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Big news this morning in Google’s long-discussed desire to undertake mass digitization of academic library holdings.   The ambitions here – on both library and search engine sides – are to transform digital access to our library holdings and to do it on a scale hitherto unseen.   Quite remarkable – and very much a project that combines a cluster of issues that are central to the work of the DLF, with four of the five early partners with Google being DLF members (Oxford being the fifth).


The following excerpt is from the Miami Herald story – links to the full text (from AP) and to a Search Engine Watch piece below:


Google to scan books from big libraries

Associated Press

Google Inc. is trying to establish an online reading room for five major libraries by scanning stacks of hard-to-find books into its widely used Internet search engine.  The ambitious initiative announced late Monday gives Mountain View, Calif.-based Google the right to index material from the New York public library as well as libraries at four universities - Harvard, Stanford, Michigan and Oxford in England.  The Michigan and Stanford libraries are the only two so far to agree to submit all their material to Google's scanners.  The New York library is allowing Google to include a small portion of its books no longer covered by copyright while Harvard is confining its participation to 40,000 volumes so it can gauge how well the process works. Oxford wants Google to scan all its books originally published before 1901.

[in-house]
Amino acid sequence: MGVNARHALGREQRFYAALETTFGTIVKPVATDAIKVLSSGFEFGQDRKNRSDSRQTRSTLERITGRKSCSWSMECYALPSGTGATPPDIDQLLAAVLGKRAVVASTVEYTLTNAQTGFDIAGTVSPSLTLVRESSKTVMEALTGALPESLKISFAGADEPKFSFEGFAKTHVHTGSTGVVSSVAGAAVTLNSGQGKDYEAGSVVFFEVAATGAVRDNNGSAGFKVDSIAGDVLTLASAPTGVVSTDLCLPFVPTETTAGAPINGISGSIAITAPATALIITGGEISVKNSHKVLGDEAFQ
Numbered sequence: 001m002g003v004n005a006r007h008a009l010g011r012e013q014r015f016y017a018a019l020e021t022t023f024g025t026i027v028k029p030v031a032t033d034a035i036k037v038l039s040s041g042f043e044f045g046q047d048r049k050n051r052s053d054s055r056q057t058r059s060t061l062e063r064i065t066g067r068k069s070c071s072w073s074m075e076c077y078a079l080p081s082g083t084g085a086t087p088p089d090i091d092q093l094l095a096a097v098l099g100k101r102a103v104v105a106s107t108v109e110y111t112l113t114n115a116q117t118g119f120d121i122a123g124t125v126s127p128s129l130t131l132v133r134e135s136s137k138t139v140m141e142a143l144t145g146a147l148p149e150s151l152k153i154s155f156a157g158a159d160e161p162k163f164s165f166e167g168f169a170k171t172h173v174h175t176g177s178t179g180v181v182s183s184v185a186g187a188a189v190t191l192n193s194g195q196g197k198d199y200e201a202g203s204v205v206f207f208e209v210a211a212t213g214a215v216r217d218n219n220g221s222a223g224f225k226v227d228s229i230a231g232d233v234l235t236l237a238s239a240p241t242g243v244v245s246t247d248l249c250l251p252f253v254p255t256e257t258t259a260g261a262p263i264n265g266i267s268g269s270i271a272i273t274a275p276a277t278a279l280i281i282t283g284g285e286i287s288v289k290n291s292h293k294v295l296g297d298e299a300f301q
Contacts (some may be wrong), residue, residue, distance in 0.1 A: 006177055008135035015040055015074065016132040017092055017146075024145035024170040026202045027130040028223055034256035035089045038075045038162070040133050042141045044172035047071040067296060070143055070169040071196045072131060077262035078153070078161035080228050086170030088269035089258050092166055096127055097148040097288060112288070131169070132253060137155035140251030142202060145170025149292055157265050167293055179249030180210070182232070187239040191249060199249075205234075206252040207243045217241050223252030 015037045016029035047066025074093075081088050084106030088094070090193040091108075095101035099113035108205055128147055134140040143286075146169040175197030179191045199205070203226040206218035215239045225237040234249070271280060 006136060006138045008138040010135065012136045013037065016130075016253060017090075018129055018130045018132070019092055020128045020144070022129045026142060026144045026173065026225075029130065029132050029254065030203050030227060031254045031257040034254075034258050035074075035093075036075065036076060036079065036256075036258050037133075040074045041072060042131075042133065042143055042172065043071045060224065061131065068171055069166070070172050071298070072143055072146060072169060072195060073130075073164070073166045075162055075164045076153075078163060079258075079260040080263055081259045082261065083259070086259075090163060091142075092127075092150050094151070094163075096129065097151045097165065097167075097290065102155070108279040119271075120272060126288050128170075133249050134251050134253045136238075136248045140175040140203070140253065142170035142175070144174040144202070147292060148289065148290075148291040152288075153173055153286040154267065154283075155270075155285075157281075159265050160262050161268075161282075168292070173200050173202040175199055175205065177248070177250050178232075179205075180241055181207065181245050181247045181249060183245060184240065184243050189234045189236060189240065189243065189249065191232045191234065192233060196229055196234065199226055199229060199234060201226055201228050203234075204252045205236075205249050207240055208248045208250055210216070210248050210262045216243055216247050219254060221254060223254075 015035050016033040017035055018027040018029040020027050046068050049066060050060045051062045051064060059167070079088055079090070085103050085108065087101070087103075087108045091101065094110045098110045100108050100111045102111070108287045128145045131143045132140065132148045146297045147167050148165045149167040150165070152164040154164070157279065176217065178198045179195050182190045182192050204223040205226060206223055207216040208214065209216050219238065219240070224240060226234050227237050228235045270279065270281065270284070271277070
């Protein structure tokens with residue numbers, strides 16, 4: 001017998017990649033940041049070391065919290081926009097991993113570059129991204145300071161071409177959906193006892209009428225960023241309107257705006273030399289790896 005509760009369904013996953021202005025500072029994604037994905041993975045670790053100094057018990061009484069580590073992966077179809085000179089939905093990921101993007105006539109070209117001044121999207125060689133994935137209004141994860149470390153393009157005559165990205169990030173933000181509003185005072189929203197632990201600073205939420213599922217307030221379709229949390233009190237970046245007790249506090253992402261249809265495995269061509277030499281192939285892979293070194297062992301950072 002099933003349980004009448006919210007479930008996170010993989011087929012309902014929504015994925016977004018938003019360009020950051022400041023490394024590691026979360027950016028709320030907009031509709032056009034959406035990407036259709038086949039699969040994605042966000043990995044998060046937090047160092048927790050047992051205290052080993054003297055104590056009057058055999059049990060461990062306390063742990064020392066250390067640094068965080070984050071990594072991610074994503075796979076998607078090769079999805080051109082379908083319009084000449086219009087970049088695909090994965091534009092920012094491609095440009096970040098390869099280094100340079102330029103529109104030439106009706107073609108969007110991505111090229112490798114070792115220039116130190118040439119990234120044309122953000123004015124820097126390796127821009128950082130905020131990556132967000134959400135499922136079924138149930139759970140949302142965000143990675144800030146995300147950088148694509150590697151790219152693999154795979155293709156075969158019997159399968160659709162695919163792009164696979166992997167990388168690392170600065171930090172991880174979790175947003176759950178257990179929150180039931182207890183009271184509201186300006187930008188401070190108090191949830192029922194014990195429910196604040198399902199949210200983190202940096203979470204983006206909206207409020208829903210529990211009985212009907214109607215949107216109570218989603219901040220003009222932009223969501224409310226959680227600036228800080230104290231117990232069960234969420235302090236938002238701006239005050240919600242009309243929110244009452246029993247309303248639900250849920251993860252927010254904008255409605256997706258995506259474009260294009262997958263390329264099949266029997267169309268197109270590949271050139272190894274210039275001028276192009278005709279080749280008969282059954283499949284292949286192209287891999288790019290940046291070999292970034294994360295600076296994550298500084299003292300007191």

Miami Herald



See also Search Engine Watch








David Seaman

Executive Director,

Digital Library Federation

1755 Massachusetts Ave., NW, Suite 500

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tel: 202-939-4762; fax: 202-939-4765

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web: http://www.diglib.org/